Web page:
2013 is going to bring us all luck. Right. Not that we gardeners need it, of course. When it comes to plants, luck has nothing to do with success. It requires some knowledge, a bit of deftness and patience waiting for plants to fulfill themselves. We all face major confusion how to get to this level of gardening: not perfect, but trying hard to make plants happy. What more could a plantaholic really wish for?

Well, here’s my wish list for gardeners in 2013:


Start with thinking about pruning properly. I know I bang on about this, but I’m not seeing people hop to it fast enough. Either learn how to do it properly or hire someone who does know. In our company, we practice what we call bonsai pruning of shrubs and trees. We go at them very very carefully looking at every single branch and seeing if it makes sense (doesn’t cross, isn’t dead) and prune for shape. Shape is everything. This is incredibly fiddly and takes a lot of time but it is so worthwhile at the end.

As I keep harping about pruning, advice from Russell Paige: lie down on the ground under a shrub and get to know the structure from there. Then start whacking away. You look like a complete idiot but you learn a lot.

Dr. Alex Shigo was my first mentor in the pruning world. Many years ago I interviewed him at a conference and described his techniques in one of my books. His work is still the benchmark as far as I am concerned. Check out his web site, buy his books, follow his example: www.shigoandtrees.com. Dr. Shigo died in 2006 but his ideas live on.

He railed against the abuse of city trees, he made us understand what caused girdling roots (really stupid planting techniques), how dangerous it is to cut branches flush against the trunk and what harm is created by leaving stubs. By now, you’d think these lessons would be part of our DNA. But that’s not so. I see incompetent pruning all the time and leaving stubs is the worst one.

You can start pruning some plants soon and here’s a list of shrubs that you should be pruning every year:

Buddleia; Callicarpa; Cercis; shrub-like dogwoods (Cornus); Cotinus; some Hydrangeas (arborescens, paniculata and macrophylla the ones that re-bloom; Physocarpus (P. opulifius ‘Diabolo’ will grow about 20 feet a year if you let them); willows (some like the variegated Salix ‘Hakuro Nishiki’ (pictured below) need pruning every few weeks to make a shapely form, so keep that in mind when you choose it); Sambucus and Spirea. This is only a partial list of very common plants but sometimes we forget what must be done and when.


Here are ones you can do every few years: Aronia, Corylopsis, Corylus, Cotoneaster, Deutzia, Disanthus, Forsythia, Fothergilla and Hydrangea querifolia and the H. macrophyllavarieties.


Really good maintenance. It’s pointless to buy good plants if you don’t maintain them well. They need watering (but not overwatering); composting and a mulch in spring and autumn.

I’m going to put a huge dose of duck compost all over my garden this spring. That’s when it’s easy to throw it around and not be terribly neat. I did it two years ago, mulched last autumn, and now it’s time for another good feeding. The reason I’m doing all of this is that our weather patterns are so crazy—no one knows if it will be a long season, a hot one or even if we will get any rain. I’m planting with hope but being very careful.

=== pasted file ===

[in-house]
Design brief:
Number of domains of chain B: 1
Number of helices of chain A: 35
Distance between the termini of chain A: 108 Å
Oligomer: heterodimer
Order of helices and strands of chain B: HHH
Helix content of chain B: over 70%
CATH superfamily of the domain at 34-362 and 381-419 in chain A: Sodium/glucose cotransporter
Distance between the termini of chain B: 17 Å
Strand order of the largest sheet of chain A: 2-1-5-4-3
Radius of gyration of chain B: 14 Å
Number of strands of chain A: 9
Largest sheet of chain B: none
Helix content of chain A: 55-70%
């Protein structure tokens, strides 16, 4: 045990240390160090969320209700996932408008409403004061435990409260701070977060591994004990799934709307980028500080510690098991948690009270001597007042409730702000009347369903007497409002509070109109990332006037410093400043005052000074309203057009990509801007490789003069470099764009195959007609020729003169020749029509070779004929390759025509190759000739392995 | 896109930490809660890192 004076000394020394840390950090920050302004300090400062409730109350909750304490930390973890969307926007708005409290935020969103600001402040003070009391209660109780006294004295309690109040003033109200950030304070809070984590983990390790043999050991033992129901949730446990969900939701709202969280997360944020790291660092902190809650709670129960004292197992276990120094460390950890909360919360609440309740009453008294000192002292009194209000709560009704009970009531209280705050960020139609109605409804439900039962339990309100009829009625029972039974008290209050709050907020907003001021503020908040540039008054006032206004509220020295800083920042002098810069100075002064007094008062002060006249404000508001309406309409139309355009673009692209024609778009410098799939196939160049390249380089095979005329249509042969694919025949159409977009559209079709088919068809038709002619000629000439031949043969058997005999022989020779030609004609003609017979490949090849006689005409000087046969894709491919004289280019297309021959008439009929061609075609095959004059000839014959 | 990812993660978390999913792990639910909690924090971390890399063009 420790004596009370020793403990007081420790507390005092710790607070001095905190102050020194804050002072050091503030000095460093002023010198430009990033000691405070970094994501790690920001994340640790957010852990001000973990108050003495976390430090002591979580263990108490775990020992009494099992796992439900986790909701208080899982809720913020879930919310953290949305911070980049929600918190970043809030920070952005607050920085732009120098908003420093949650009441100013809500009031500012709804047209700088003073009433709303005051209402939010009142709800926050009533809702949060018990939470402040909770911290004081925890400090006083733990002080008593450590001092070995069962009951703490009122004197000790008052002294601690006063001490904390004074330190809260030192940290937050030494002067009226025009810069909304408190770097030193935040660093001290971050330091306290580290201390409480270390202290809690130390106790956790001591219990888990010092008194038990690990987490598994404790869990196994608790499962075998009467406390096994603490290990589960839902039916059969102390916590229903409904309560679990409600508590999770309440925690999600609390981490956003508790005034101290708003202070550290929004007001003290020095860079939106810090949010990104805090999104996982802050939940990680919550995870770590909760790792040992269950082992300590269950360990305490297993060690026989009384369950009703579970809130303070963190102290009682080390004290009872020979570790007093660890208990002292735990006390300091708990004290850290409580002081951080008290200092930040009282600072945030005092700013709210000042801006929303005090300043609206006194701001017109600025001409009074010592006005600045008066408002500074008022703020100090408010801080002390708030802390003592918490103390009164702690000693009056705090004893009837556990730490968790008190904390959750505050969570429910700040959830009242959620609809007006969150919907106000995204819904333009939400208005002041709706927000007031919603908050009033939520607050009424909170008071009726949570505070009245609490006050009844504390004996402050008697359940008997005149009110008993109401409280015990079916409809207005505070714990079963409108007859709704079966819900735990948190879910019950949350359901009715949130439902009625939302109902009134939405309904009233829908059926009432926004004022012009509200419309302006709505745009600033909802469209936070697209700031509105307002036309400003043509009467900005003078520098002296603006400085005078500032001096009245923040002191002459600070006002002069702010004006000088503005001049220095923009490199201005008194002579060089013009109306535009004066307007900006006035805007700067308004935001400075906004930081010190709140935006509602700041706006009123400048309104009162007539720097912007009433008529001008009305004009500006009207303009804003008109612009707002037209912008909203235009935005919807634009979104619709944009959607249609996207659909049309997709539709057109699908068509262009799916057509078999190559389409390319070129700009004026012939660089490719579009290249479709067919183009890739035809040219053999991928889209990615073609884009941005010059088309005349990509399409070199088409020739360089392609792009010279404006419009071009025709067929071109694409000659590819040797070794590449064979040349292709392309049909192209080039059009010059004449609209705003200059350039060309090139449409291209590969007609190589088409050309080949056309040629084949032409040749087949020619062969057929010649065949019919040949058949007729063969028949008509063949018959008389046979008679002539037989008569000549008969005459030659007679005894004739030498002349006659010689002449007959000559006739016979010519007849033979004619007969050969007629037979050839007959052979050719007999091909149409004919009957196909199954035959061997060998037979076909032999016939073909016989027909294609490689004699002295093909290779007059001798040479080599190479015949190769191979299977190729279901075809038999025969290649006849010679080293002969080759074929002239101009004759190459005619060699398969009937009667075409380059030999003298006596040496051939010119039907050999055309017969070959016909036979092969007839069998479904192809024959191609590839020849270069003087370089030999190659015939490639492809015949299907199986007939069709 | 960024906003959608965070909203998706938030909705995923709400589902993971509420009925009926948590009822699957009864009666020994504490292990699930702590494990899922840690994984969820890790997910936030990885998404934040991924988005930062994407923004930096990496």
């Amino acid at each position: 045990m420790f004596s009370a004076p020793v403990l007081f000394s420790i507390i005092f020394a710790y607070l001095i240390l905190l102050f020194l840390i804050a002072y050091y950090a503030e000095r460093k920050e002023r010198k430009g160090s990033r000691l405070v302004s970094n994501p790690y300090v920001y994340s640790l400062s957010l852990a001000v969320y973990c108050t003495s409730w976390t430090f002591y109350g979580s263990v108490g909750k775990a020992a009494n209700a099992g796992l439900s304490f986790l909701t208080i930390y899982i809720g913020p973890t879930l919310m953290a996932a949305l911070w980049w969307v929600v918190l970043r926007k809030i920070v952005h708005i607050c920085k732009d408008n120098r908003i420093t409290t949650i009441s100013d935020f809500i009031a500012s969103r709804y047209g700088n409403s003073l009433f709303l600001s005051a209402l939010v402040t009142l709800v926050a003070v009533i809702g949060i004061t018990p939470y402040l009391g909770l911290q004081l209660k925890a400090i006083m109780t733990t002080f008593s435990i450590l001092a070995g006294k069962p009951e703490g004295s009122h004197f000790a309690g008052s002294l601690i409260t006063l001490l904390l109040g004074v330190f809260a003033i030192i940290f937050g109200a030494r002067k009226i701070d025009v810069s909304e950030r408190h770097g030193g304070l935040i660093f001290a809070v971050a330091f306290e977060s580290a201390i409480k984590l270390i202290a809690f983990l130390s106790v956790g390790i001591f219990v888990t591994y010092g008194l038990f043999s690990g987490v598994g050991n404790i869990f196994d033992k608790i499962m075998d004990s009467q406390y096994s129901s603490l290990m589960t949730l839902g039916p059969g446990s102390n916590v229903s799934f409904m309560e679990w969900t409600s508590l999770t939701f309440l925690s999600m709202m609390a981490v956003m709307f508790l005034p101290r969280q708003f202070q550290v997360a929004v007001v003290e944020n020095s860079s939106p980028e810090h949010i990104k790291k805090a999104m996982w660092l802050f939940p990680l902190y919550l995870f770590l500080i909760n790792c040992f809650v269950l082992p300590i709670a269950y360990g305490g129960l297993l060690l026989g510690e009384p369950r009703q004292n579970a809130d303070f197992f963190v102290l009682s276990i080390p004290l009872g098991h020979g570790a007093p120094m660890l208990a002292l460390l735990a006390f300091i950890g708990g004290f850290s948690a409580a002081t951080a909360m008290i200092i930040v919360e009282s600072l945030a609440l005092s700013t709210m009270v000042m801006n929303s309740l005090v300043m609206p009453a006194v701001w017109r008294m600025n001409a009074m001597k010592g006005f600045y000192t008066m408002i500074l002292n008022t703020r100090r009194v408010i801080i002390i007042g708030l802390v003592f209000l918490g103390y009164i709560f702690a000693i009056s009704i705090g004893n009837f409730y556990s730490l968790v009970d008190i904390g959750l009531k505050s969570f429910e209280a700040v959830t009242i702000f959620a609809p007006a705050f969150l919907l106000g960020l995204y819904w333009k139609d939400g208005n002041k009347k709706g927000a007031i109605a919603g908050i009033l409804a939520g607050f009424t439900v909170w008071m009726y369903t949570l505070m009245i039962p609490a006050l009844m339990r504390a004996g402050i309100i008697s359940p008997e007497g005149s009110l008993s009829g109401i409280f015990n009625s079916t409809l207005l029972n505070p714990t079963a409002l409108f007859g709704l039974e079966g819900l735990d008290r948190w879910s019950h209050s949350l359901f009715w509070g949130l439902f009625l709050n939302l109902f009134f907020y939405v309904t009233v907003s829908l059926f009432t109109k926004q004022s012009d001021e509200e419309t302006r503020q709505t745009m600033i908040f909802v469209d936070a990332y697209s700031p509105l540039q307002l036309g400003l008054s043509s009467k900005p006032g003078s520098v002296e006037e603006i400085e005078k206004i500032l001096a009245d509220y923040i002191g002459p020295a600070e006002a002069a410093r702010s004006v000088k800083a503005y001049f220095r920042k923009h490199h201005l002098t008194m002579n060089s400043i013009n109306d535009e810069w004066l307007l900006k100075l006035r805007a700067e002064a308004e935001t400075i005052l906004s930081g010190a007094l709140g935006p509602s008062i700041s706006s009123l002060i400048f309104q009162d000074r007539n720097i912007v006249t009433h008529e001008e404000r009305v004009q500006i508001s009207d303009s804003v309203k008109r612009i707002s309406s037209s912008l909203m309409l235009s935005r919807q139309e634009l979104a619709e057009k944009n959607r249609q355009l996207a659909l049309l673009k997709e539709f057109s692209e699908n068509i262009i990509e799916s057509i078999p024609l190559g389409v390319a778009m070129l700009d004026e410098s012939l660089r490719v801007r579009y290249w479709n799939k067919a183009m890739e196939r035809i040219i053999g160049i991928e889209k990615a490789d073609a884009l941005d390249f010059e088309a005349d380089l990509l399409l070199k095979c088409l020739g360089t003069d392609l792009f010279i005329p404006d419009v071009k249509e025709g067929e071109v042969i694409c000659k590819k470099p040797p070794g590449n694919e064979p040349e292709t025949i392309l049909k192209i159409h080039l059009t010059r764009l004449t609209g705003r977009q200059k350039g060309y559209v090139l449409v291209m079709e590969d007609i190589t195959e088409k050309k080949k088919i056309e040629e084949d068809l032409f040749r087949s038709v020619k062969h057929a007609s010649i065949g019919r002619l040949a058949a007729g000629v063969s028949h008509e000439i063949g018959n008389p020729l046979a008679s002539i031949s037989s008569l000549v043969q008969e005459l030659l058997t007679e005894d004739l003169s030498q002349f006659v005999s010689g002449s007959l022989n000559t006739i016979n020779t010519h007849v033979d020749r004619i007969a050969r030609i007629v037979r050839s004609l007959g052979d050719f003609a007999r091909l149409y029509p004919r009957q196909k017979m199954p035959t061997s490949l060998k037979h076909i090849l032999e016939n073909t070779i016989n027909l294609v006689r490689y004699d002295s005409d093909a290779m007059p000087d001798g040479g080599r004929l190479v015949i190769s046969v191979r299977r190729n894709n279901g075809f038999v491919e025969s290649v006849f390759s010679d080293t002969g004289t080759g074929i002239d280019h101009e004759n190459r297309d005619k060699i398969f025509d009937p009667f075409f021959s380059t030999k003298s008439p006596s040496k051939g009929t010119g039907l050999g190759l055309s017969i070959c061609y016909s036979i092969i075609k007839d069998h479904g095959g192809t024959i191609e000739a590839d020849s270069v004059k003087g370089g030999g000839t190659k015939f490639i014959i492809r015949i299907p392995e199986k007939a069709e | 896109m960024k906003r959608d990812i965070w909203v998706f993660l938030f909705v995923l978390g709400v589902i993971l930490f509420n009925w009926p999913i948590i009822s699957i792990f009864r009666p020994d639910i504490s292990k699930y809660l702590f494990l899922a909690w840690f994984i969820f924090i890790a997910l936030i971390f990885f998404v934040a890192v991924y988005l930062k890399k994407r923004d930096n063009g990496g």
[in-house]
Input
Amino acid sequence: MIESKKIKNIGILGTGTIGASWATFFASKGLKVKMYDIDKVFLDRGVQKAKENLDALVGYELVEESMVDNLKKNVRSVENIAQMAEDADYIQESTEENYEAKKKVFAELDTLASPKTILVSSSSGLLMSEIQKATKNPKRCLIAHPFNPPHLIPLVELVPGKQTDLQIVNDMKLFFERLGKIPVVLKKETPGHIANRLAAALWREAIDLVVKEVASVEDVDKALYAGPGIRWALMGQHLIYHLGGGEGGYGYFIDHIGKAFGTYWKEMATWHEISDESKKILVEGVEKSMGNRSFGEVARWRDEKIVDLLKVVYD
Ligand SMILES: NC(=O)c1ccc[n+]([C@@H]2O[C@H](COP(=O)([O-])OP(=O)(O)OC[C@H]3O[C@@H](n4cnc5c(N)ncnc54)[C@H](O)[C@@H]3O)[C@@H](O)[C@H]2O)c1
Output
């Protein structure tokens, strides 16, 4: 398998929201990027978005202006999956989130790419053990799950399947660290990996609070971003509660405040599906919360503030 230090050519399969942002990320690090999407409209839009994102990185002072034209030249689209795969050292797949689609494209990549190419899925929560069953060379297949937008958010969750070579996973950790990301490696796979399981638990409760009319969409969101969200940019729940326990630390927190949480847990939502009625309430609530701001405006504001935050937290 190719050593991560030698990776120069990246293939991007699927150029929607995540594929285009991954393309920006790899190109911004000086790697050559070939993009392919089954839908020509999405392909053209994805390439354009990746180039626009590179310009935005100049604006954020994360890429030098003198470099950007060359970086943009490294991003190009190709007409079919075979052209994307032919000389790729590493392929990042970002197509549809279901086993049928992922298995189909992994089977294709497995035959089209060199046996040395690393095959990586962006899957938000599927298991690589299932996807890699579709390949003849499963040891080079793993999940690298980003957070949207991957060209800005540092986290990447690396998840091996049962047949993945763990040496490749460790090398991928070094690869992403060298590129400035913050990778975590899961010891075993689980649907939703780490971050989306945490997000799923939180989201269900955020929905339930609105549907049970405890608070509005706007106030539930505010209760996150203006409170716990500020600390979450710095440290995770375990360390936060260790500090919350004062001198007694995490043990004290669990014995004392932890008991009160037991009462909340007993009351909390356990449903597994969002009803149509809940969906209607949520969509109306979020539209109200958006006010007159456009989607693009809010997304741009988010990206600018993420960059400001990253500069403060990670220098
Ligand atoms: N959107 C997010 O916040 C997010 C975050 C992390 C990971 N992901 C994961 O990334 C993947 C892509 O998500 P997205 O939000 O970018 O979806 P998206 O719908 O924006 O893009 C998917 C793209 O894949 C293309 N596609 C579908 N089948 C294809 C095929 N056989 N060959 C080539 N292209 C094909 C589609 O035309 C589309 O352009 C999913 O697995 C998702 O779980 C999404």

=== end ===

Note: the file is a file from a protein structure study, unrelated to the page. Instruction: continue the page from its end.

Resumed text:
Great respect for our trees. There is no point in having a street tree if you don’t take some responsibility for it yourself. Assume it’s your problem, never wait for the municipality to do anything right for a tree. They have terrible trimming policies, no watering and maintenance follow-up because of budget cuts. Anyway the trees are our lungs so we should look after them. I look at the silver maple outside my house. It was tagged for death 10 years ago but never removed. Chunks have been hacked out willy-nilly, but I water and compost it regularly so it will probably see me out.

Spot lunkhead pruning? Ask the guys what they are doing and why. They should have a good reason and, if they don’t, report your concern to the forestry department. In Toronto it’s 311.



Try at least one interesting new plant in each season. There are fantastic plants coming into the market and many of them are evergreen. All gardens need another evergreen, I don’t care what size it is. Evergold, ever-variegated, they are ever-amazing.

Or this pale purple Chamaecyparis ‘Heather Bun’ shown at left.

For inspiration, please go to www.whistlinggardens.ca. This nursery-cum-botanical garden is the brainchild of Darren Heimbecker and it’s madly crazy, wonderful and gloriously inspiring. He doesn’t do mail order, you’ll have to go to his nursery in person or hire me and I’ll do it for you, but you have to look at his ideas. He combines evergreens with other woody plants in such an imaginative way. He tries everything and he grows plants very very well.

He came to my garden in early winter. Not a leaf to be seen and identified every plant his eyes lit on. By now, of course, a lot of them are from his nursery, so that was the easy part. And I want to try many more of his plants and anyone who is a plant crazy person will be in seventh heaven just looking at his list. Demand what you like from your local nursery. I keep saying: if we demand them, they will grow the plants we long for.

I’m going to California and will blog from there regularly (PROMISE). This is a much deserved rest, but we’re looking forward to spring and making more magic in gardens around the city. And, I’m hoping we’ll have our new web site devoted to Marjorie Harris Gardens. It will be up in a month or so and we’ll alert you to it. It’s certainly fun looking at material for it.

If you need my services:  email me.

Yours Marjorie

January 2013;